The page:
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Why is empathy so hard to offer?

The context

Have you seen the film 50/50?  It’s loosely based on the real-life experience of its script-writer, Will Reiser, who had a rare form of spinal cancer that didn’t respond to chemotherapy and was eventually excised through surgery.

If I heeded the Guardian newspaper critic, we probably wouldn’t have gone.

‘Charmless, shallow, smug and unlikeable. A ‘bromance’ weepie about cancer’  the critic said.

The Daily Telegraph critic thought differently:  ‘One of the best films of the year. You’ll take some emotions with you when you leave the theatre.’

Hmmm. How was it for me? Well…. I didn’t feel at all weepy until near the end when the cancer sufferer, Adam, was finally facing the reality that his life depended on the outcome of an imminent operation. ‘I could die without ever having told a woman I loved her’ he said poignantly.

But it wasn’t the emotions of the film that have stayed with me. What has stuck is the difficulty of knowing what to say to someone with only a 50/50 chance of survival.

What the film illustrates very clearly is that Adam’s friends and family have so much pain of their own welling up inside them that they find it hard to be empathic towards him.

Adam is an apparently fit and active 27year old – unaware of the potentially lethal tumour creeping down his spine. But backpain and breathlessness eventually lead him to seek medical advice.

What happened next…

Scenario 1:

Adam awaits the results of tests and X-rays.

The doctor bustles into the consulting room and without a word to Adam, retreats behind his desk. He picks up his Dictaphone and dictates a torrent of medical jargon about Adam’s condition, still without making eye contact with his patient.

Adam’s relaxed demeanour morphs into confusion and then terror.

For the first time, the doctor looks directly at Adam. ‘The hospital has the very best support service’ he says.

Where’s the empathy for Adam?

Scenario 2:

Adam’s friends and family – and even his counsellor  –  don’t know how to handle the news of his diagnosis. The way they react reveals their own fears and insecurities and does little to comfort him.

Rachel, his girlfriend, is in tears, but tries to reassure him that she’s there for him.

She isn’t able to say anything that shows she’s got her attention on how he might be feeling. Is the hug she gives him genuinely for his benefit – or is it for hers?

Scenario 3:

Kyle, his tiresomely jokey best mate, latches onto the 50/50 chance of survival – with a complete disregard for the odds. ‘You’ll be alright, then’ he insists.

It’s an attempt at reassurance – but most probably it’s more a reflection of how scared he is of losing his best mate and how desperately he wants to believe that Adam will survive.

Scenario 4:

Adam’s mother responds indignantly with ‘You waited two days before telling me’ and rushes away from the dinner table into the kitchen.

She seems hurt about the delay in telling her, as well as distraught about Adam’s future.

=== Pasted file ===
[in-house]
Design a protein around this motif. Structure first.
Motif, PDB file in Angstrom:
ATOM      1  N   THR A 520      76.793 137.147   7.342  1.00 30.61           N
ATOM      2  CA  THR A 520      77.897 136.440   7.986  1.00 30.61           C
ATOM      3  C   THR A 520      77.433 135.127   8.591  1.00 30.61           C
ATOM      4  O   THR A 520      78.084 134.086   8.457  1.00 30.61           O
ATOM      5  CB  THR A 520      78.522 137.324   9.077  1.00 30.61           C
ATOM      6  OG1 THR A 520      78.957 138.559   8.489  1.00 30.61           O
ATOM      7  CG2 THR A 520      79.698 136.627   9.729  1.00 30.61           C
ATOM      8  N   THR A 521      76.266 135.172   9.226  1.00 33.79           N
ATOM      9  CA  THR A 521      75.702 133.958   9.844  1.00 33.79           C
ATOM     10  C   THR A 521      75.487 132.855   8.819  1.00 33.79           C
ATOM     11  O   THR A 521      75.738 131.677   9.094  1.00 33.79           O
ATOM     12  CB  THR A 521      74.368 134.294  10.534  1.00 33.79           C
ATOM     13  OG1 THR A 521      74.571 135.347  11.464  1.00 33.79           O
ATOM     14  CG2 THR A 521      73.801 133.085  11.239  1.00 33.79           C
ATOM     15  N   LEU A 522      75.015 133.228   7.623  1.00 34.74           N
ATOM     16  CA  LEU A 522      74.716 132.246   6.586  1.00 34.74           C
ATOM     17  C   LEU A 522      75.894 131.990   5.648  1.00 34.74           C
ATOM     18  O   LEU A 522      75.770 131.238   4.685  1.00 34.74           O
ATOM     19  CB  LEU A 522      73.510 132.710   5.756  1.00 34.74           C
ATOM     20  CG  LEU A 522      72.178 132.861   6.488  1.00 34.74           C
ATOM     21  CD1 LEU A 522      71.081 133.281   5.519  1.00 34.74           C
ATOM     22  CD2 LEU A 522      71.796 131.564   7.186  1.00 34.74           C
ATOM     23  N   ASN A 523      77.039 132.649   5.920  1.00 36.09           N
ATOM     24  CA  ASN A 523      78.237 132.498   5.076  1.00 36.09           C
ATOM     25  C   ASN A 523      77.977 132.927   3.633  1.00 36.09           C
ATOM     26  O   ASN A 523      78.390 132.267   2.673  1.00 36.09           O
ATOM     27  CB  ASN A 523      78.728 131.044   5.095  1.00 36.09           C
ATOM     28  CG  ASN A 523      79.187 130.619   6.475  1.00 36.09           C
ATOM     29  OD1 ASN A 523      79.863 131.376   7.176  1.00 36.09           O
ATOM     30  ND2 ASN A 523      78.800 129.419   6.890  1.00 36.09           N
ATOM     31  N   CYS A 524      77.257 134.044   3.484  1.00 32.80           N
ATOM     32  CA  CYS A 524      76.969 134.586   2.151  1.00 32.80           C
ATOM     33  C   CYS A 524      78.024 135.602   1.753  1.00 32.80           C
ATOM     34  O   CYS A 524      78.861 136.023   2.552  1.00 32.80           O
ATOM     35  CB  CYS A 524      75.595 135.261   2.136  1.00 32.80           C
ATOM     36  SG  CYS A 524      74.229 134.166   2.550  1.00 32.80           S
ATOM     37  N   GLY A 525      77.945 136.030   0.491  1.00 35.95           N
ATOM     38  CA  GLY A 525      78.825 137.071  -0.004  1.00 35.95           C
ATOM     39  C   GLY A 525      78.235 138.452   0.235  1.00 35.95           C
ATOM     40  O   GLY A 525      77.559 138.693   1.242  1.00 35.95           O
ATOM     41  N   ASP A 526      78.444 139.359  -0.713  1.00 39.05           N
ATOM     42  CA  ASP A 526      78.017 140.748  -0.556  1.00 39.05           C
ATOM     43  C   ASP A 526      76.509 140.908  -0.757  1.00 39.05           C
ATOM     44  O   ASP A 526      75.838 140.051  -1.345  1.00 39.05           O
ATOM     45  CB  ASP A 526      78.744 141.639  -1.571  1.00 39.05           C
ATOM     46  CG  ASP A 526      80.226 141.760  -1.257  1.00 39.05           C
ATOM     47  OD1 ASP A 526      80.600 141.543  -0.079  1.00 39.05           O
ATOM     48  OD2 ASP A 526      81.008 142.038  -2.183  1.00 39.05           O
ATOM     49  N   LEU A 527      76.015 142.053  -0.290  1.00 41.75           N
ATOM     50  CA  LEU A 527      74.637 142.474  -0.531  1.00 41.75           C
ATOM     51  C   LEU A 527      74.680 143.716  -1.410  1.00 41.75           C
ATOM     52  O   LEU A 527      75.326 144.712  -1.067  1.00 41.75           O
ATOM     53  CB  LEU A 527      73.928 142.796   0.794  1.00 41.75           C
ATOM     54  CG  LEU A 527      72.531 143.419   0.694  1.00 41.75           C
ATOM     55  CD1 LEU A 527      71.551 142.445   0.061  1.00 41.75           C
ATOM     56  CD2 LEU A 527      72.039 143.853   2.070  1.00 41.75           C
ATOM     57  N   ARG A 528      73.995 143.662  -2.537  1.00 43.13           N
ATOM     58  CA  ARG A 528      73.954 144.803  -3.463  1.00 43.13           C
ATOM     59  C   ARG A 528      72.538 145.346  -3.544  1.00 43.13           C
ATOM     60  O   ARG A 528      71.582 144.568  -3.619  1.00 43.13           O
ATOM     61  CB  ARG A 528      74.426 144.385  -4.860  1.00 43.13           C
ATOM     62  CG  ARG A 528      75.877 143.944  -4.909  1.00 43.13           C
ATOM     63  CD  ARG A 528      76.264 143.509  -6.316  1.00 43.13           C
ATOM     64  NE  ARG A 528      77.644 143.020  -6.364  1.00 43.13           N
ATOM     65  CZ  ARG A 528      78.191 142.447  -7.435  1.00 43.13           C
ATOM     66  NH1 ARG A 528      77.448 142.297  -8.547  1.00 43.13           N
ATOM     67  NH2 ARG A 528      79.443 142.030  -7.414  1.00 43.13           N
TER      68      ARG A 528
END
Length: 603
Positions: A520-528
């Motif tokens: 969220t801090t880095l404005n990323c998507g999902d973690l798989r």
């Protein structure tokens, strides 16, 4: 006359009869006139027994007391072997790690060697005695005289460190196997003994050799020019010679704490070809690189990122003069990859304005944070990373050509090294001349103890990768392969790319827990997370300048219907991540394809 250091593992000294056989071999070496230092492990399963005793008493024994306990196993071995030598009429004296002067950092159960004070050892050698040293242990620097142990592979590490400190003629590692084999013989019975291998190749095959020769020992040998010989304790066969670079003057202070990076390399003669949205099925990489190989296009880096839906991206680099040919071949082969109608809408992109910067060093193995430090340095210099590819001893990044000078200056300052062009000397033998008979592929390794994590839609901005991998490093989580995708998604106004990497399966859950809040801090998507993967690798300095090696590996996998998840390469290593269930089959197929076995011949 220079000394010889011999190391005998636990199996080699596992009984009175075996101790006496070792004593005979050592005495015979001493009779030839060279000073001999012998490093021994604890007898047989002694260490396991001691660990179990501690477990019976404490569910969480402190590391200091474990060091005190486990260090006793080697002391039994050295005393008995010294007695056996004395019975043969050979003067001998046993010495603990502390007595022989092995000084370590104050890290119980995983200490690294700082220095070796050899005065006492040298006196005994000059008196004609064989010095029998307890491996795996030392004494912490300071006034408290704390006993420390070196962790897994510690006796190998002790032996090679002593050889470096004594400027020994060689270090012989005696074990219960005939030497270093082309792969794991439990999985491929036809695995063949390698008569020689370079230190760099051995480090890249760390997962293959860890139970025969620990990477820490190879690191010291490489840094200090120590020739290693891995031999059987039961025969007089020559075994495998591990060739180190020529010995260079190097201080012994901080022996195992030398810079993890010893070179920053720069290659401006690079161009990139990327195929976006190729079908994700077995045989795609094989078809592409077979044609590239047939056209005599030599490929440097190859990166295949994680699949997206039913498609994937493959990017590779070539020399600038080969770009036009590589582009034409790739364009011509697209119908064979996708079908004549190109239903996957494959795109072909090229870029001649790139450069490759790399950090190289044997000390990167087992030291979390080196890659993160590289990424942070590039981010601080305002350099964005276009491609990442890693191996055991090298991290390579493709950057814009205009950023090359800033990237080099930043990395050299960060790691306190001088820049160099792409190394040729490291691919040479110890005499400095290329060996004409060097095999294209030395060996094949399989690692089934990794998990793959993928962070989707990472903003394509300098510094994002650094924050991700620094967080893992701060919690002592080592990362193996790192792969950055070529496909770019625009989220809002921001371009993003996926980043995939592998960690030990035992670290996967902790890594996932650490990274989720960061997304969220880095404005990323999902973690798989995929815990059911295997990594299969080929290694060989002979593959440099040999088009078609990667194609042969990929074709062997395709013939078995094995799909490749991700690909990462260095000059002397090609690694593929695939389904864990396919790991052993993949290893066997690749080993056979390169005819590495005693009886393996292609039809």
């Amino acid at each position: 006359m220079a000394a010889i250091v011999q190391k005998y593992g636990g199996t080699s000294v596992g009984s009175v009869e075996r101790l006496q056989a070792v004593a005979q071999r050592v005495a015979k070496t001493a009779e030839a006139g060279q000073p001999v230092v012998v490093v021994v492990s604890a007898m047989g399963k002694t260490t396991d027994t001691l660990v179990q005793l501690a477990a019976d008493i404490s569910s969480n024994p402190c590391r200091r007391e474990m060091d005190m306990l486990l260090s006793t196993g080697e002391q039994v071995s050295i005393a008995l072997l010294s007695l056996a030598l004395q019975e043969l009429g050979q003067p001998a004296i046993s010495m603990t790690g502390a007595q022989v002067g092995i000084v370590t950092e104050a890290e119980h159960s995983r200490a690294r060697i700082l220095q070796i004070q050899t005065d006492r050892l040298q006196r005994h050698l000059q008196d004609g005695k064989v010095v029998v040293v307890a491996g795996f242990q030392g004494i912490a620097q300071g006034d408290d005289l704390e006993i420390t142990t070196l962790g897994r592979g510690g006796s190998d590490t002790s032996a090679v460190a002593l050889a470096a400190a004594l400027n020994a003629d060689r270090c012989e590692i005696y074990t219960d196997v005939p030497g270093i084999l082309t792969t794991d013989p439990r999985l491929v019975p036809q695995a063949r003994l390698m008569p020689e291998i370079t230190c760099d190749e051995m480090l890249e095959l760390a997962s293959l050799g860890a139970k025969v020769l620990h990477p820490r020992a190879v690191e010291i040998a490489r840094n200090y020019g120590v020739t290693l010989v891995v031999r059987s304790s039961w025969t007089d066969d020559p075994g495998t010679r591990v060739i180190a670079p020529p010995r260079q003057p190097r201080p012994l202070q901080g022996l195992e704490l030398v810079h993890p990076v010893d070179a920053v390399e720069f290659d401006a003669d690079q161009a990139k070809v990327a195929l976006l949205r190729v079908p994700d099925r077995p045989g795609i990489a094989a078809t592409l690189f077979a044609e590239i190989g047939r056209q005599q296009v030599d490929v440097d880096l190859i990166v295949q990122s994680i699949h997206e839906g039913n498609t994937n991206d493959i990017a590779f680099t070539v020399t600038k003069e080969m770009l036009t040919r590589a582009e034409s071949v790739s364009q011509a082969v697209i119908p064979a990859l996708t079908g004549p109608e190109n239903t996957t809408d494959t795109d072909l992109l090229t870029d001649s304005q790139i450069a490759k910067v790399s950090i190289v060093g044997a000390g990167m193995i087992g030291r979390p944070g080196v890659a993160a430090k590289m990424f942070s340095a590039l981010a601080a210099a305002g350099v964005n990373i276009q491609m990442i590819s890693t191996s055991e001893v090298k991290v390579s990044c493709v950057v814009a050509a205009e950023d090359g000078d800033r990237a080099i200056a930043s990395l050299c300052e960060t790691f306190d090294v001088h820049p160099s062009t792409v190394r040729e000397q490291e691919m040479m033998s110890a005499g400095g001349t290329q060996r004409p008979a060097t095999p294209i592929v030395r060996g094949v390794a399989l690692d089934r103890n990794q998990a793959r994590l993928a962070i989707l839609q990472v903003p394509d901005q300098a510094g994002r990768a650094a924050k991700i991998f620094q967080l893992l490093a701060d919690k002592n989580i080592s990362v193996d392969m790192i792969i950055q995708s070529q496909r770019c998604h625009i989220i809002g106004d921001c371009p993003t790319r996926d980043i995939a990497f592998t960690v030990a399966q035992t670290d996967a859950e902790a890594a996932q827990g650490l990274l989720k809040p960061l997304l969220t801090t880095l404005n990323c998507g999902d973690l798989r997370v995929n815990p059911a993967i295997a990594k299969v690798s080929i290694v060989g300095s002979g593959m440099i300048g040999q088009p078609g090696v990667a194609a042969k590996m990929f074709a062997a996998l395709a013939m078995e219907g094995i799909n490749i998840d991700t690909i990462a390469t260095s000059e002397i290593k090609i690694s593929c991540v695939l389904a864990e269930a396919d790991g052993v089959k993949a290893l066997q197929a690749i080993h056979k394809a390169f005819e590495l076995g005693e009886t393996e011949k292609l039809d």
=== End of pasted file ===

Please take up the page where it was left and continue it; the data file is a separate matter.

In this state, she’s unable to offer him any comfort or understanding.

And Adam was at a loss too. He was unable to see things from his mother’s perspective. She was longing for him to reach out to her and to articulate his feelings more.

Scenario 5:

Katherine, his counsellor, assumes that he’s angry (because that’s what her training has led her to expect) and says ‘It’s normal to be angry, in your situation’.

Again, it’s intended as reassurance, but it comes out stiffly because she’s not yet experienced enough to trust herself to be a compassionate human being.

And Adam wants something different: ‘I don’t want to be normal. I want to be special’ he says.

Scenario 6:

Adam’s workmates organise a ‘leaving work’ party for him – but what can they say to him? One guy offers advice. Another says ‘I’ll never forget you’ – as though the cancer would inevitably be fatal. Adam appears bemused.

The reality was even worse. At the actual party put on for him, Will Reiser said ‘People were always giving me lots and lots of advice. They wanted to help…people have so much trouble being in this space of uncertainty and not knowing what the future is and they want to fix it. But it just sort of overwhelms you…’

So there you have six illustrations of well-meaning attempts at relating to Adam. But none of them hit the spot.

Admittedly he didn’t make it easy for people. He hid his feelings and was reluctant to ask for help. ‘I’m fine’ he said, when asked.

So what could people have said or done?

There’s no easy answer. I might hear the words ‘I’m fine’ and just say a gentle ‘Really? Or is it that you’re fed up with people asking?’ And then see what comes back. We might well hear what is uppermost in the other person’s mind at that moment.

As for the party, maybe there could have been an organised round in which people said what they enjoyed about working with Adam. Then individual people might have been able to have a quiet conversatiion with him about their intentions to keep in touch – or whatever else they might think of for the future.


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